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Alcohol-intoxicated eyewitnesses’ memory

Conference contribution
Authors Angelica Hagsand
Published in Invited presenter at research seminar, Department of Psychology, Florida International University (FIU), Miami, Florida, USA.
Publication year 2014
Published at Department of Psychology
Language en
Keywords Alcohol, eyewitnesses, memory, recall, recognition
Subject categories Cognitive science, Applied Psychology

Abstract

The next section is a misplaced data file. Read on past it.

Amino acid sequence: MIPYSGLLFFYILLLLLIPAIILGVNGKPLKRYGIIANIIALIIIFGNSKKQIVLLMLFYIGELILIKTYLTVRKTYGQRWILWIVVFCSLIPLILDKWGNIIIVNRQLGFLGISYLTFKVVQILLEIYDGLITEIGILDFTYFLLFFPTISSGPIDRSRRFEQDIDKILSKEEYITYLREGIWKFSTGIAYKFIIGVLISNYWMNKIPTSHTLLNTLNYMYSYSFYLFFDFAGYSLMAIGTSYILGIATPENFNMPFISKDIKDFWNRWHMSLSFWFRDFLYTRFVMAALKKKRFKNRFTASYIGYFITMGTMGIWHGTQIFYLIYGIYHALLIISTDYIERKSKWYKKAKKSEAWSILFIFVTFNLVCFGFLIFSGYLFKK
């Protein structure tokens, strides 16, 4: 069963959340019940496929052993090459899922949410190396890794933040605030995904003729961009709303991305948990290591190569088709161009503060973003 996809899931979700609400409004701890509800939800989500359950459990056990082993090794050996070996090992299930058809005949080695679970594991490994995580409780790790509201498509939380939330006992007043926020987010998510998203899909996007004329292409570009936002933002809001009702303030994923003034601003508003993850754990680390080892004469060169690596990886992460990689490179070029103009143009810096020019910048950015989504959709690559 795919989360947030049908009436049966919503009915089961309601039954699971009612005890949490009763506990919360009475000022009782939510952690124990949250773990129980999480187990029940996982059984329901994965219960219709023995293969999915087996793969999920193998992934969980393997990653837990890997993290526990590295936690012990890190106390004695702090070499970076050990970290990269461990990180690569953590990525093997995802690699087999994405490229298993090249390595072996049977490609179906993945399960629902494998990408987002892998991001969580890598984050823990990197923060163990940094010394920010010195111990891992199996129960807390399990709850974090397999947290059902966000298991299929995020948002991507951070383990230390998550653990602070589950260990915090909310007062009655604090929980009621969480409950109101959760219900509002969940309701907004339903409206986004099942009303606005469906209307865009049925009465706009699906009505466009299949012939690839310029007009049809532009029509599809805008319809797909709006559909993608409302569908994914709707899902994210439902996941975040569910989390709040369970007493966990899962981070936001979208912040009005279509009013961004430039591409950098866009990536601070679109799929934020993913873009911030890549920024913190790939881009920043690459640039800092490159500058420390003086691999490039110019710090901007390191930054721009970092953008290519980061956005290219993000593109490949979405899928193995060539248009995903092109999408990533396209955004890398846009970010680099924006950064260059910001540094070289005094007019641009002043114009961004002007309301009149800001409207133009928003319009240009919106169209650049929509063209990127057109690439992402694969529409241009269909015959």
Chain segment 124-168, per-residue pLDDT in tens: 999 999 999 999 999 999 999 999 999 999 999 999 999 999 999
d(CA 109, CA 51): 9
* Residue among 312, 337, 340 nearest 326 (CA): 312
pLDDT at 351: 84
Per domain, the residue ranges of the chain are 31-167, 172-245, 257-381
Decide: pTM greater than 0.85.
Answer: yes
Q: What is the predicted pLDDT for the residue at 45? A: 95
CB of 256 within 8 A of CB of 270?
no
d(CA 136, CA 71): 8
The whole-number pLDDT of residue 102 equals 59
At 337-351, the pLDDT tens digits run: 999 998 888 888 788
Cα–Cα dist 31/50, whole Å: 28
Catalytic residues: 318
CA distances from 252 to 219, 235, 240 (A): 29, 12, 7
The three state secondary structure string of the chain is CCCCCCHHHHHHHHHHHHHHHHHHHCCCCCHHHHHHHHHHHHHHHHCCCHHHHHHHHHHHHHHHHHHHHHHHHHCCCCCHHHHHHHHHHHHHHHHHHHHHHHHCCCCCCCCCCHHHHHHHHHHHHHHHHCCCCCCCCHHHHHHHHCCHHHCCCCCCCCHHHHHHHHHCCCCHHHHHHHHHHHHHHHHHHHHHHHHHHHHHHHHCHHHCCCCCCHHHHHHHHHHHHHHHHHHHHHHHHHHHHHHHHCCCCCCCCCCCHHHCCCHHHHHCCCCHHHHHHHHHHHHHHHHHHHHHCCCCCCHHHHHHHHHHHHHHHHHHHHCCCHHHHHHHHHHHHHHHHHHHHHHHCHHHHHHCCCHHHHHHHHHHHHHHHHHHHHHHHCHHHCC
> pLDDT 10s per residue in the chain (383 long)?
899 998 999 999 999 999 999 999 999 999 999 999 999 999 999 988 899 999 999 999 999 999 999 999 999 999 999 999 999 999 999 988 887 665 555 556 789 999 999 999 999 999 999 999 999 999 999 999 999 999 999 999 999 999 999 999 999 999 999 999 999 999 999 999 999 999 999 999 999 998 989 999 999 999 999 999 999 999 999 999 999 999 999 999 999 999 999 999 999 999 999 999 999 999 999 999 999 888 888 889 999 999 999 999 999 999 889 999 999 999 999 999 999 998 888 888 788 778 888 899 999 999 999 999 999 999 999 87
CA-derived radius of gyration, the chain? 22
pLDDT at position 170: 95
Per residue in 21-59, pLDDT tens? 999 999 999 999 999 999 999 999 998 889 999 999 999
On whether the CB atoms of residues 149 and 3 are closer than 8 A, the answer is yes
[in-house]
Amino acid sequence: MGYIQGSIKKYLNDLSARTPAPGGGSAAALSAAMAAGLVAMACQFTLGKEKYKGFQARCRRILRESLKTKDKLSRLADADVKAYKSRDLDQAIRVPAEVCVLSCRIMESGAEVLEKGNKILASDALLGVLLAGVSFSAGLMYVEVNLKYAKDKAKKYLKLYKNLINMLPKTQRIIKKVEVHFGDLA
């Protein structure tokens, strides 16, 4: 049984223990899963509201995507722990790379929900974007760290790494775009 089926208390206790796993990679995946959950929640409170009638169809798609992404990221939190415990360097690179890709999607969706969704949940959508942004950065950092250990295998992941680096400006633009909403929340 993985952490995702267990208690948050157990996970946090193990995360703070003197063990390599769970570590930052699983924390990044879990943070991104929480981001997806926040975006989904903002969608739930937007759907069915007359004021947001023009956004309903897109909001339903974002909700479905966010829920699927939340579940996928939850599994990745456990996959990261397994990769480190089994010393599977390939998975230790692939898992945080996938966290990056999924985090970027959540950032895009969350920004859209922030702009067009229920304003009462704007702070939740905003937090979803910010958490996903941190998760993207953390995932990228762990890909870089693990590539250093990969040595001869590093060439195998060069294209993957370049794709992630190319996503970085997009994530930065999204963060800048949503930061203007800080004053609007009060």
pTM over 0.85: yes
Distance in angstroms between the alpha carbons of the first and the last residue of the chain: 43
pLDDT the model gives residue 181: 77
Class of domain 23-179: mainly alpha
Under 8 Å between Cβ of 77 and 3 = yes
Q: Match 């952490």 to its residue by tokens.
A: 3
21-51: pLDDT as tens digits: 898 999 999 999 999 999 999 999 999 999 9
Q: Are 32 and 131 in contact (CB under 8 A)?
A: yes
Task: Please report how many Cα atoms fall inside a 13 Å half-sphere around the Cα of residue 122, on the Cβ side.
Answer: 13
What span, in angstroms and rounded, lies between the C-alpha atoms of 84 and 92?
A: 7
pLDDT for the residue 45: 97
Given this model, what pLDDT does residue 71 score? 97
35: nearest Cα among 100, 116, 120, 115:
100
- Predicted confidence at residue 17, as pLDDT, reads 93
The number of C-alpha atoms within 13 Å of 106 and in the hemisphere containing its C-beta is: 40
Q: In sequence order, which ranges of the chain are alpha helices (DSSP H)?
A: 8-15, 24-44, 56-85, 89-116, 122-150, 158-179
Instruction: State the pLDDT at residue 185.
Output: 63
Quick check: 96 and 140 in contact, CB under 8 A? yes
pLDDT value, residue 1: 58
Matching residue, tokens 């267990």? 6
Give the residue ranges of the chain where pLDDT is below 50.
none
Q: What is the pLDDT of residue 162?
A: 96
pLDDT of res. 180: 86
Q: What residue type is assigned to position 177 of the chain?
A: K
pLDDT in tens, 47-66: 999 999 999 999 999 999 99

Alcohol-related crimes are common, and therefore, intoxicated witnesses are common. However, only a handful of published studies have described how alcohol affects eyewitnesses’ memory. The overall aim of the doctoral thesis was to examine how alcohol affects eyewitnesses’ memory. The thesis comprises three studies, which followed similar general procedures. The participants in the studies consumed an alcoholic or non-alcoholic beverage during a 15-minute period and then witnessed a film that depicting a staged kidnapping. The retention interval and recall format varied between the studies. Study 1 examined witnesses’ lineup performance, Study 2 examined the witnesses’ one week delayed recall and Study 3 investigated the effect of repeated recall on the witnesses’ memory. In summary, this doctoral thesis shows that overall, alcohol consumption does not have a negative effect on either witness’s line-up performance (recognition) or on the amount of information reported during investigative interviews (recall). This thesis shows that representatives of the legal system may expect that witnesses with low to moderate intoxication (blood alcohol concentration <0.10%) will perform at approximately the same level as sober witnesses.

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